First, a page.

Posted by admin on Jul 15, 2013 in Aerospace, Military & Research, Case Study
Making sure that the Mars Rover can land on the red planet, testing rocket engines that deliver people and materials to the space station or evaluating plasma propulsion systems for deep space missions to asteroids, the engineers and scientists at NASA need to simulate the operating conditions of space as precisely as possible. So, NASA developed a world-class testing facility at the Plum Brook Station, a 6400-acre in Sandusky, Ohio.
The Spacecraft Propulsion Research Facility is the world’s largest space simulation chamber measuring 100 feet in diameter and rocketing more than six stories tall. The facility is capable of performing a full suite of testing services simulating a complete space mission from launch to deep space environments – all under one roof. Monitoring of process controls is a critical component for safety reasons.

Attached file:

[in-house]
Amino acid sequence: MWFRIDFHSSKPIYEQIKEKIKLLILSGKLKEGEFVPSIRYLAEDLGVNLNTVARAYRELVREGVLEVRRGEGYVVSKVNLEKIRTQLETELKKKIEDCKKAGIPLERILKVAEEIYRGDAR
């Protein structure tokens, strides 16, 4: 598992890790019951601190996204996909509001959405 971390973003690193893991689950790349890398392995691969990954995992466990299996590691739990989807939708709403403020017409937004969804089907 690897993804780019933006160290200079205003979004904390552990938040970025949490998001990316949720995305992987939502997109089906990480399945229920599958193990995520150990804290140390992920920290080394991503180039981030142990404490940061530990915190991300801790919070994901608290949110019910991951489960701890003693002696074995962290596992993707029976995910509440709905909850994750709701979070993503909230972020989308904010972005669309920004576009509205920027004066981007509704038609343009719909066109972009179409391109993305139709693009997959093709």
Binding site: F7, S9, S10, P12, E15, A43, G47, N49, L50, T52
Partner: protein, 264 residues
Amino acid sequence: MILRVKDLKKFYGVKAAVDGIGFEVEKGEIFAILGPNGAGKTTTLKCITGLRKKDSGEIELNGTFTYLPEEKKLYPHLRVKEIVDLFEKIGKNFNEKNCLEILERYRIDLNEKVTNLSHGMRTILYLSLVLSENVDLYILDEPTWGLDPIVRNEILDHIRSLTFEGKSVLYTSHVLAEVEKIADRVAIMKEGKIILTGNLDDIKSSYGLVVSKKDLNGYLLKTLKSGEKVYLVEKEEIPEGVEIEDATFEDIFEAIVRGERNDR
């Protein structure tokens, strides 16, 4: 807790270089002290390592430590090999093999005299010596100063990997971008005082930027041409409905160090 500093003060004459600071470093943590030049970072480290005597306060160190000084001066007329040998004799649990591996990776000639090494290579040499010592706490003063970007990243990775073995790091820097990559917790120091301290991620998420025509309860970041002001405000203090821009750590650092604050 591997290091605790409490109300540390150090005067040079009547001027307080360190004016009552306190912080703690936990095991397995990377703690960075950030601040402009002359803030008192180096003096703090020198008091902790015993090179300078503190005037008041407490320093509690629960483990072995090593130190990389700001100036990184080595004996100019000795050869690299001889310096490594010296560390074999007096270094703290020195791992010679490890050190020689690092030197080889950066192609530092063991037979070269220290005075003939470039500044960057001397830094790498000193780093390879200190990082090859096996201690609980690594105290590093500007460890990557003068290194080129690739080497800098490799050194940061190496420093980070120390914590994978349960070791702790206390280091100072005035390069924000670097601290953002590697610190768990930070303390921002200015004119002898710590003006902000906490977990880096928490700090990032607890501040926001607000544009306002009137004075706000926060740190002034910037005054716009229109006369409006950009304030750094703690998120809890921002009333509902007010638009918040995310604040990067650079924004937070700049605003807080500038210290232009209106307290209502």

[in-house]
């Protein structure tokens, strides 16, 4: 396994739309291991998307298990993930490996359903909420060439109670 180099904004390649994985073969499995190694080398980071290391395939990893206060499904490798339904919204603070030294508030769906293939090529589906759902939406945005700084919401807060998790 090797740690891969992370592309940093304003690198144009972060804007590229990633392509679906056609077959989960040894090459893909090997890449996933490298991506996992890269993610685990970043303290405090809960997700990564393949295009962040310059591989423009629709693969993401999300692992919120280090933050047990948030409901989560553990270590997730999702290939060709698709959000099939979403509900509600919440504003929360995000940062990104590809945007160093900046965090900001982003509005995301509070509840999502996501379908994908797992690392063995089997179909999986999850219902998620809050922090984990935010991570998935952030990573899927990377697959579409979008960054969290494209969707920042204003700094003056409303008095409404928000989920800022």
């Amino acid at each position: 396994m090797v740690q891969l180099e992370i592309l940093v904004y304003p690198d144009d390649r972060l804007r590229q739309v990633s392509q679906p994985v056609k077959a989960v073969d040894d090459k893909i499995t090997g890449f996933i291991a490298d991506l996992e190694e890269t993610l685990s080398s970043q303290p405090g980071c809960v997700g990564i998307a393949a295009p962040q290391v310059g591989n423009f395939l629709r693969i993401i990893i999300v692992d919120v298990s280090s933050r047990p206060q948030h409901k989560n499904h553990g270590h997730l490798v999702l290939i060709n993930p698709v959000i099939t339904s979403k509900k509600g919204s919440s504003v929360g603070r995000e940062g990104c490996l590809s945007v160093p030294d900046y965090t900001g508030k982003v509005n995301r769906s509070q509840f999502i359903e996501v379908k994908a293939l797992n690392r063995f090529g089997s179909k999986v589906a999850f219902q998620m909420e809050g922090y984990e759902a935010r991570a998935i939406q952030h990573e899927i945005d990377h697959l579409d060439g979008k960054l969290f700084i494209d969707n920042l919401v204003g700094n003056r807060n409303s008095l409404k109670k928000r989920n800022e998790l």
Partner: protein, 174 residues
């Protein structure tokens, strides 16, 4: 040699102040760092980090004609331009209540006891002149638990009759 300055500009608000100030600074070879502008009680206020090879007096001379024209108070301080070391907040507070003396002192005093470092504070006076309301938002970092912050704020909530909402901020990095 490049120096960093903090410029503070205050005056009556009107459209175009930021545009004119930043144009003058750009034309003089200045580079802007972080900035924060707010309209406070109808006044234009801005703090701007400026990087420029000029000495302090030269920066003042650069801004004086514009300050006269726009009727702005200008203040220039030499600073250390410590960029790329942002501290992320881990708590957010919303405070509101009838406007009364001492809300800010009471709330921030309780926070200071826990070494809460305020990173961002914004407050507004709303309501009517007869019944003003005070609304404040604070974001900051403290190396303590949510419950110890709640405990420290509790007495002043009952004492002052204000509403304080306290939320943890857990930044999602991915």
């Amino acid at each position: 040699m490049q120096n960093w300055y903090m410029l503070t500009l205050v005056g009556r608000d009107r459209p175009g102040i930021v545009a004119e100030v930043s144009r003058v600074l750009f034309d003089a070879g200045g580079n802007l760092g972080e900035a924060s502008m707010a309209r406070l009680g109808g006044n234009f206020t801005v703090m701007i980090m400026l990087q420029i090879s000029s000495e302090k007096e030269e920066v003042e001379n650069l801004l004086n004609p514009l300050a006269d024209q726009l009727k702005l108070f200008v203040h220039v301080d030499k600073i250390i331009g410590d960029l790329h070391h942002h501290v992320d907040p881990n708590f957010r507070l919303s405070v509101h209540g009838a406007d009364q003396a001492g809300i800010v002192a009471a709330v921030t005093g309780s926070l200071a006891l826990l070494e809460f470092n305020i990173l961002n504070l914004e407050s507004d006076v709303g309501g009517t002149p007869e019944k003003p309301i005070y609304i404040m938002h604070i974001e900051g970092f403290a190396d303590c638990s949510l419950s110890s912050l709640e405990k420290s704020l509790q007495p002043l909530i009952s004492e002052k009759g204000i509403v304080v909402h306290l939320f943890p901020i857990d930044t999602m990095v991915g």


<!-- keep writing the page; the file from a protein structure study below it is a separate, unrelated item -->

The Spacecraft Propulsion Research Facility conducts tests within the vacuum chamber after the necessary electrical power, fuel, oxidizer, and purge gas connections are made. To recreate the conditions of outer space while still on earth, the test facilities rely on vacuum pumps and cryogenic systems which can simulate deep space temperatures down to -423°F. Protecting scientists and engineers is critical to moving space missions forward safely.
Programmable Logic Controllers are used in conjunction with the SCADA and historian software to control and log all events of the test firing from the start of the water deluge system until the completion of the engine test firing and facility shutdown. WIN-911 delivers critical alarm information via voice call out along with email and paging notifications to NASA engineers during the test procedure.
Making sure people and components are safe in space requires strict attention and monitoring of process controls and safety conditions in the test facility. WIN-911 provides a crucial role ensuring the safety of personnel and protecting the huge investment of time and funding.